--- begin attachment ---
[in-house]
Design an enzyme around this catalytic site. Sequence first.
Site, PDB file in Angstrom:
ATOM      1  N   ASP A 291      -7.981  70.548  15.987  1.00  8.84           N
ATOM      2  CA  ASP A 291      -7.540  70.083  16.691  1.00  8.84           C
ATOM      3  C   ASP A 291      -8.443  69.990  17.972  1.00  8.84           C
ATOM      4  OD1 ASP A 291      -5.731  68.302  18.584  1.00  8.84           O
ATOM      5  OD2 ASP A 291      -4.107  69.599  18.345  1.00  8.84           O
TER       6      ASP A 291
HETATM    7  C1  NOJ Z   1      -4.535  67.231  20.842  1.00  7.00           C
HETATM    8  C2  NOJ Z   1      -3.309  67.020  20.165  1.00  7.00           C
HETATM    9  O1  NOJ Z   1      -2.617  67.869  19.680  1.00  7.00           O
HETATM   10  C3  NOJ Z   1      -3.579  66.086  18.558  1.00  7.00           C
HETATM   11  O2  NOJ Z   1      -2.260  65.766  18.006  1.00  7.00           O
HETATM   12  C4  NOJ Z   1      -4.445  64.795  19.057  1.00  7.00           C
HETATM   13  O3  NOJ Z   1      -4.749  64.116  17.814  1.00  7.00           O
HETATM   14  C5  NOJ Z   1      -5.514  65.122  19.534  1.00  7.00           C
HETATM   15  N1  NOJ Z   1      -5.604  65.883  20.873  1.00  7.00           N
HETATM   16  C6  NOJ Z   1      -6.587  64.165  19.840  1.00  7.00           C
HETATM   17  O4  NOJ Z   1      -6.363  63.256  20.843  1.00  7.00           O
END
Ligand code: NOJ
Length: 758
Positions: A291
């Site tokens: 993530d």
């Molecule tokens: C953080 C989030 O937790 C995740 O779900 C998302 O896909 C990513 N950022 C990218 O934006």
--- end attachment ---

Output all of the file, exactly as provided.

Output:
[in-house]
Design an enzyme around this catalytic site. Sequence first.
Site, PDB file in Angstrom:
ATOM      1  N   ASP A 291      -7.981  70.548  15.987  1.00  8.84           N
ATOM      2  CA  ASP A 291      -7.540  70.083  16.691  1.00  8.84           C
ATOM      3  C   ASP A 291      -8.443  69.990  17.972  1.00  8.84           C
ATOM      4  OD1 ASP A 291      -5.731  68.302  18.584  1.00  8.84           O
ATOM      5  OD2 ASP A 291      -4.107  69.599  18.345  1.00  8.84           O
TER       6      ASP A 291
HETATM    7  C1  NOJ Z   1      -4.535  67.231  20.842  1.00  7.00           C
HETATM    8  C2  NOJ Z   1      -3.309  67.020  20.165  1.00  7.00           C
HETATM    9  O1  NOJ Z   1      -2.617  67.869  19.680  1.00  7.00           O
HETATM   10  C3  NOJ Z   1      -3.579  66.086  18.558  1.00  7.00           C
HETATM   11  O2  NOJ Z   1      -2.260  65.766  18.006  1.00  7.00           O
HETATM   12  C4  NOJ Z   1      -4.445  64.795  19.057  1.00  7.00           C
HETATM   13  O3  NOJ Z   1      -4.749  64.116  17.814  1.00  7.00           O
HETATM   14  C5  NOJ Z   1      -5.514  65.122  19.534  1.00  7.00           C
HETATM   15  N1  NOJ Z   1      -5.604  65.883  20.873  1.00  7.00           N
HETATM   16  C6  NOJ Z   1      -6.587  64.165  19.840  1.00  7.00           C
HETATM   17  O4  NOJ Z   1      -6.363  63.256  20.843  1.00  7.00           O
END
Ligand code: NOJ
Length: 758
Positions: A291
């Site tokens: 993530d």
């Molecule tokens: C953080 C989030 O937790 C995740 O779900 C998302 O896909 C990513 N950022 C990218 O934006």